However, I am well aware that providing a definitive answer to this question is impossible due to the fact that we all differ, not only in the way we see or interact with the camera, have different sensitivity to the aesthetics of our surroundings but also in our emotions and experiences.

Rational people could take a look at the specification list, what each camera can do, what it cannot do, prices, etc. and conclude that there is no contest: the X-T2 is newer, it has faster AF, a great, brand-new grip, shoots 4K and is cheaper than the X-Pro2 – therefore it is a better camera. Indeed, that could be the case but with one proviso: it is better for YOU.

In our highly opinionated review (or rather rant) of the X-T2 we said that the X-Pro2 and the X-T2 have become flagships of the X-series – but they are different cameras. After using both I know that for my way of seeing and working, I prefer the X-Pro2. Interestingly enough, Kasia, my partner in crime, prefers the X-T2. Our problem is to explain clearly and logically why.

I have been thinking about it for a while and yesterday I came across a fascinating piece by one of my favourite X-photographers, Patrick LaRogue, titled, “On Flagships: X-T2 and X-Pro2.” In his piece he quotes a friend from Tokyo who said, “The X-Pros are for the heart, the XTs are for the head.” Immediately a light bulb lit up over my head. Eureka! That is the answer I was looking for! Is it a bit far fetched? Yes! Is it irrational? Yes! Do I care? No!

Confused? You should be.

Here is the imagery shot with a pre-production Fujifilm X-T2, XF 35mm F2, ACROS (A) and Classic Chrome (CC) film simulations.

















…and truly yours at work


2016 © Kasia & Olaf Sztaba Photography. All rights reserved.

Photography Re-Framed – The Fujifilm X-T2 Review

Photography Re-Framed – The Fujifilm X-T2 Review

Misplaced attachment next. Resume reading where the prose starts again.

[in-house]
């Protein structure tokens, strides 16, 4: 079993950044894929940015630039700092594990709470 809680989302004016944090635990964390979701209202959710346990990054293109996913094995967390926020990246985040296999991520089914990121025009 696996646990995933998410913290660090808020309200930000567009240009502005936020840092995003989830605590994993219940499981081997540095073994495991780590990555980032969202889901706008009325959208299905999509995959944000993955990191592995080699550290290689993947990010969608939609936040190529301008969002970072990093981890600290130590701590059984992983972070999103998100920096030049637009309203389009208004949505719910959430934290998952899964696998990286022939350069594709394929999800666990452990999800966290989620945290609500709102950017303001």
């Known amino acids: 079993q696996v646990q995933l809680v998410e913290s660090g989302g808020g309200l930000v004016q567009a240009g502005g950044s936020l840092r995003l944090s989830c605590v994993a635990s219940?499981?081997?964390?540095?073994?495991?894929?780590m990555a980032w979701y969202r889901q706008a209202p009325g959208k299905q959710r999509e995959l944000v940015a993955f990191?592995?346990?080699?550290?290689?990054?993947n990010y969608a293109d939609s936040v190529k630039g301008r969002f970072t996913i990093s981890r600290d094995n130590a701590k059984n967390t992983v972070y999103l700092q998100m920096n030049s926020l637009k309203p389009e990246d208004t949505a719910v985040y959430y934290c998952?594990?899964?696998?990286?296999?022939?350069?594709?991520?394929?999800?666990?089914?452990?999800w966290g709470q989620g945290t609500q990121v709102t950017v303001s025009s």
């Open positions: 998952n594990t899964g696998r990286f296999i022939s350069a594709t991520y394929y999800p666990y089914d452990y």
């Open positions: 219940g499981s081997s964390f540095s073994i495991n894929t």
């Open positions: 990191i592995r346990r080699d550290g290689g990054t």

There is a commonly held idea that the camera doesn’t matter. Indeed, it is hard to find a brave person who would argue otherwise. Certainly, I am not one of them. Unfortunately, some people misunderstand this overworked adage.

Of course the primary tool you use every day matters! Have you ever met a musician who says that an instrument s/he is playing doesn’t matter? What the “camera doesn’t matter” maxim really means is that the camera is not the primary determinant of your photography skill – it is your creativity and seeing! You certainly agree, otherwise you wouldn’t be reading this article right now.

But there is a fly in the soup. It is the process of selecting a camera! Unfortunately, this important undertaking has been reduced to meticulous studies of technical details, columns and specifications. There are scores of websites offering you “help” with choosing a camera. It is common to show two cameras side by side comparing all possible technical particulars. Of course this technical carousel wouldn’t be complete without until-my-eyes-bleed 100% crop examination.

I disagree with this approach. As the tool with which I, the photographer, interact in the creative process, a well-designed camera should bolster me up to pursue my passion for seeing and make the mechanics of capturing visuals intuitive and fluid.

With this in mind, the process of choosing an instrument of seeing must include more than just studying charts and technical specifications. When I was given the opportunity to work with a pre-release version of the X-T2 camera I was thrilled. Unlike with previous cameras, I could shoot and bond (or not) with this new camera without all the Internet noise, without any prejudgments or expectations – I was just free to roam, create and see.